I’ll get back to the photos of our trip in the next post, but first I wanted to recount an odd moment when I was looking up directions on my iPhone while we were in Yosemite. Anyone who knows the park will know this particular area is a green mellow meadow drizzled with a lazy meandering river. Yet, to us, it appeared that we were going to have to summit Mt. Whitney in order to get to dinner that evening.
Surely it must have been a weird iPhone quirk, I thought. So I checked it out online.
Nope, Google still wants to put Mt. Whitney in the heart of Yosemite. About 211 miles walking (via the John Muir Trail, that is) from where it actually is.
But Mt. Whitney keeps on moving! When I checked again it had jumped the 395, nestling close to Mammoth. In actuality, the 14,505-foot mountain is just to the left of Lone Pine in the bottom righthand corner of that image, right near those snowcapped mountains. (84 miles west of the lowest point in the U.S., Death Valley. Gosh I love California.)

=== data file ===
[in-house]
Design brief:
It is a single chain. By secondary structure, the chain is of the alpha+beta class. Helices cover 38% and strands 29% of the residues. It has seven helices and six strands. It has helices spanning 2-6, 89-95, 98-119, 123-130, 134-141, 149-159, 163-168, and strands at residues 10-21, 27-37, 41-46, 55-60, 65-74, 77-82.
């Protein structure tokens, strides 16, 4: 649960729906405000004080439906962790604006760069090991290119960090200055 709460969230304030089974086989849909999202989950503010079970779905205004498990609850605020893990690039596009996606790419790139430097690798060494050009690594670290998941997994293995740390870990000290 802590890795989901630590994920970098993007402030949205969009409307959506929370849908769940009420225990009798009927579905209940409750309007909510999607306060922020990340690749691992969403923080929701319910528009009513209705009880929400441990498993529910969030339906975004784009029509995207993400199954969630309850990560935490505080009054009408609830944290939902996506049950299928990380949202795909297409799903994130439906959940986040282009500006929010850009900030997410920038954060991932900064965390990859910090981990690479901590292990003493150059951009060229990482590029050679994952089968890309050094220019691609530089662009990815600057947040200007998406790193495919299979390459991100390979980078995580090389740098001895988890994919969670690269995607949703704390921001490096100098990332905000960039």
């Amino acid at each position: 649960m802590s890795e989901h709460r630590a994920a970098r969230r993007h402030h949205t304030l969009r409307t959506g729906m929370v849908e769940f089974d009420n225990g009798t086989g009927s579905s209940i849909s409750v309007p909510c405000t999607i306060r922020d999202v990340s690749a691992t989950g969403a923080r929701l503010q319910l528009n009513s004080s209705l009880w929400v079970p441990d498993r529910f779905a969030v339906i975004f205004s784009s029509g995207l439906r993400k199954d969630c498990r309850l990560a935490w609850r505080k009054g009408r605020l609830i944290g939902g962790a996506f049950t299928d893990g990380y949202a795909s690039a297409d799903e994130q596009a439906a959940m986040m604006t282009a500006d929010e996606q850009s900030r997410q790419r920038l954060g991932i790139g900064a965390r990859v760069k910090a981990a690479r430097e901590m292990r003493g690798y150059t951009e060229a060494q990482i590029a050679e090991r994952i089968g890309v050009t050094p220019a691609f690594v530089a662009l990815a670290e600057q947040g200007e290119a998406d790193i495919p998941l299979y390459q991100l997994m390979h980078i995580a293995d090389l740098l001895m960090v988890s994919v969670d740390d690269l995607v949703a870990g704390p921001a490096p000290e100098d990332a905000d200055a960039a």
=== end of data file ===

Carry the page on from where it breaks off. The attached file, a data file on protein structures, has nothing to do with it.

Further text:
I know we can’t take GPSes and online maps at their worth, what with their abilities to make people drive off cliffs or find the Hollywood sign. But come on, this is the tallest mountain in the contiguous United States! If Google is going to make a map that shows natural features, it better mark those features accurately. It’s an affront to geography!
Oh, wait, I thought. Maybe it needs to be inputed as “Mount Whitney.” That must be it, I reasoned.
Here’s what happens if you actually put “Mount Whitney” into Google Maps.
Mt. Whitney is now just a few miles from the coast! Plan your trips now, my friends, before it moves again. The scenery must be beautiful this time of year.
Update: Gosh darn it, we did it, guys!
Thank you, thank you, Google, for putting Mt. Whitney back where it belongs!
More photos of places which may or may not be near Mt. Whitney.